Amazon and Apple change their security policies after hackers tricked their support staff into helping them to break into a journalists online accounts.
You may have heard the disturbing story of how a few, unscrupulous hackers attacked a technology writer over the weekend after getting access to his Apple iCloud account.
Apple and Amazon are taking steps to change some of their
security policies after it came to light that hackers tricked staff members
into helping them change the passwords of Gizmodo journalist Mat Honan online
Mat Honan of Wired magazine has now posted a detailed account about exactly what happened, from the moment he noticed his iPhone powering down on Friday at 5pm, to rebooting it to the setup screen, to when he tried logging into iCloud to restore the phone and couldn’t, to when his laptop suddenly asked him for a four digit pin, which he knew he didn’t have.
"We’ve temporarily suspended the ability to reset
AppleID passwords over the phone," Apple spokesperson Natalie Kerris told
"We’re asking customers who need to reset their password to
continue to use our online iForgot system (iforgot.apple.com).
This system can reset a password in one
of two wayseither have a password reset sent to an alternate email address
already on record or challenge the customer to answer security questions
they had previously set up.
"When we resume over the phone password resets,
customers will be required to provide even stronger identify verification to
reset their password," she added.
According to Honan, who was able to get in contact with a hacker who goes by the name of
"Phobia" and was at the center of the scheme, the ultimate goal was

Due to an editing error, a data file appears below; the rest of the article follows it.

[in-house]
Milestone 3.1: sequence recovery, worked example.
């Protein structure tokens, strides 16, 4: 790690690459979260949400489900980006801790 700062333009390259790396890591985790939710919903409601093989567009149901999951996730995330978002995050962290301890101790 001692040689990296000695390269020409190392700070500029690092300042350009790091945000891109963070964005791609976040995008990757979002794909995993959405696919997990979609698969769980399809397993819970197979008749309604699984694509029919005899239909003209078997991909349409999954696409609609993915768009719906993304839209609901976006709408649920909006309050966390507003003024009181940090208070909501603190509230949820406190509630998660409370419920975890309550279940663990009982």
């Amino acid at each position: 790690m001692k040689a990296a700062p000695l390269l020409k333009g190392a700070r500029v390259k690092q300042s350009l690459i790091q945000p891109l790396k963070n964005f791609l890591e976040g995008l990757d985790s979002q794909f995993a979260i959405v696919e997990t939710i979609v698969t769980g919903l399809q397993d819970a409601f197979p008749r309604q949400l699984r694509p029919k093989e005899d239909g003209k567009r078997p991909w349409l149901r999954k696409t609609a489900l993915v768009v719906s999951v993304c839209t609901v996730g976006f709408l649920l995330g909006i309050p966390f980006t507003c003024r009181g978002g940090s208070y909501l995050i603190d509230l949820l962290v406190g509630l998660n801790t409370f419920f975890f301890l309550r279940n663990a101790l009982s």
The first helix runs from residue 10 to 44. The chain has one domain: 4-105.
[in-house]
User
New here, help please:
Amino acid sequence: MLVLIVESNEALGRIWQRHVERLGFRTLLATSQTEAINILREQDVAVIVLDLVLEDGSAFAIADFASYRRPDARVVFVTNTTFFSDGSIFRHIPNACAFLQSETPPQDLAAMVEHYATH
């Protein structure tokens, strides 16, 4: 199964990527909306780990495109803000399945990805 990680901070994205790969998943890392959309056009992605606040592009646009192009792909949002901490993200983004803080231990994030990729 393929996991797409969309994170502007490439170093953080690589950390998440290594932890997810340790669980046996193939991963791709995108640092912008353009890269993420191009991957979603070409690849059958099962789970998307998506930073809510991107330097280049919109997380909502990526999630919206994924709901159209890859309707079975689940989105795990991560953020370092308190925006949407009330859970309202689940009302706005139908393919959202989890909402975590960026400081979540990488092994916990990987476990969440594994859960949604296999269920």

to seize control of his Twitter account.
To do that, the hackers looked up his
Twitter and found that it linked to his personal website, which had his Gmail
Once there, Phobia entered Honan’s Gmail address and was able to view the alternate email Honan set up for password recovery.
email was partially obscured, the hackers were able to guess it and when they
saw it was a .us account the hackers knew Honan had an AppleID.
In order to get access to his AppleID, Phobia and his partner needed the last four digits of
Honan’s credit card and billing address.
Householders usually track and pay on a monthly basis by hand using cheques, credit cards or internet banking.
The billing address was discovered
with a whois search of Honan’s web domain.
To get it, Phobia’s partner called Amazon’s support line pretending to be Honan and added a fake
credit card number to the account.
After giving the fake credit card number as well as a name and billing address,
Amazon allowed them to add a new email address to the account.
From there, they
sent a password reset to the new email and could see the last four digits of
all the credit card numbers on file for the account, Honan explained in the
With those last four digitsand his name and addressthe
hackers were able to get Apple to reset the account login.
We shouldnt have used the same e mail prefix across multiple accounts, , and ," Honan wrote.
Victor Arrington is a business journalist based in Orange, California. Victor has a passion for financial markets and breaking news stories and loves writing about business news, stock market, and economic opinions that matters most to its audience. Victor spends a lot of time discovering and researching latest financial markets and industry news stories in order to make sure the latest and greatest stories are brought to you first on BigBoardNews.com.